Humanitarian Outcomes reports that local NGOs and national Red Cross/Red Crescent Societies suffered the most attacks in 2013 (43% of attacks), followed by international NGOs (28%), UN agencies (24%), and the ICRC (3%). These numbers may reflect the general distribution of aid workers in the field, since the majority of aid workers are affiliated with local or national NGOs. Yet without comparative data on the relative numbers of organizational affiliates in the field, it is hard to determine whether this violence is disproportionately targeted against certain types of organizations. Furthermore, the Aid Worker Security Database (AWSD) does not distinguish between staff of local NGOs and national Red Cross/Red Crescent Societies, making it difficult to determine the protective effect of the red cross/red crescent emblem itself, to which NGO staff are not entitled. While the red cross/red crescent emblem is highly respected in most settings, affiliates of the Red Cross/Red Crescent Movement, including the ICRC, have been specifically targeted or indiscriminately attacked in some conflicts. Most attacks, however, have been committed against national or international NGO staff who do not enjoy the protection of a distinctive emblem or convention. In either instance, much work remains to be done in implementing and enforcing these protections for humanitarians in conflict settings, especially with regard to preventing and punishing violations by non-state armed actors. It is also important for humanitarians to understand where and how the law protects them, and where it falls short, considering the fragmentation of humanitarian security under IHL.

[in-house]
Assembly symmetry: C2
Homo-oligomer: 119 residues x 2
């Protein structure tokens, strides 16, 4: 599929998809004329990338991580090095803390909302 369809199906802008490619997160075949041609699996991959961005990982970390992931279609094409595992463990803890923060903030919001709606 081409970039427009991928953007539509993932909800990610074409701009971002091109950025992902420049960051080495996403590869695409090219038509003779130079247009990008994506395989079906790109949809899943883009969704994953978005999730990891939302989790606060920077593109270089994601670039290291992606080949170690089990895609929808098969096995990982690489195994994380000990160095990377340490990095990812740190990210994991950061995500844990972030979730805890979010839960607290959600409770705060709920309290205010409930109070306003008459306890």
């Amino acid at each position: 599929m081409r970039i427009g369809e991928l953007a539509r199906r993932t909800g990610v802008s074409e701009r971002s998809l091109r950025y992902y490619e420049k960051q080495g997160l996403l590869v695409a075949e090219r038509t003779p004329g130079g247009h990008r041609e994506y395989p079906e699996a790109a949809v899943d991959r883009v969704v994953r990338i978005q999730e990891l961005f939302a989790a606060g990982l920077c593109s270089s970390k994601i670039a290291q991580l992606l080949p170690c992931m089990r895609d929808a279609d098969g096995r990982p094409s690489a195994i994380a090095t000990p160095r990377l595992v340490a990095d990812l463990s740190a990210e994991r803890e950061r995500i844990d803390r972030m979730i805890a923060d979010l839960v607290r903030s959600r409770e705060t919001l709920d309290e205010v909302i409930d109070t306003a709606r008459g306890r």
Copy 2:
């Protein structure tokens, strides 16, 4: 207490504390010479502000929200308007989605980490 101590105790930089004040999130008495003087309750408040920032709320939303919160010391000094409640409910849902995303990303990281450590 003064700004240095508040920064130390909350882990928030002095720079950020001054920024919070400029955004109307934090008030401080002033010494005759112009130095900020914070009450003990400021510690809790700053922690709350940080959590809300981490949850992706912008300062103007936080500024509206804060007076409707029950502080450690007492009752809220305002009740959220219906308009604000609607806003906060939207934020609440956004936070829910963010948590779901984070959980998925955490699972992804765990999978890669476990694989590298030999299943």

For a more detailed exploration of security challenges and threats facing humanitarian workers, and operational responses to aid delivery in insecure settings, tune in to next week’s ATHA Podcast.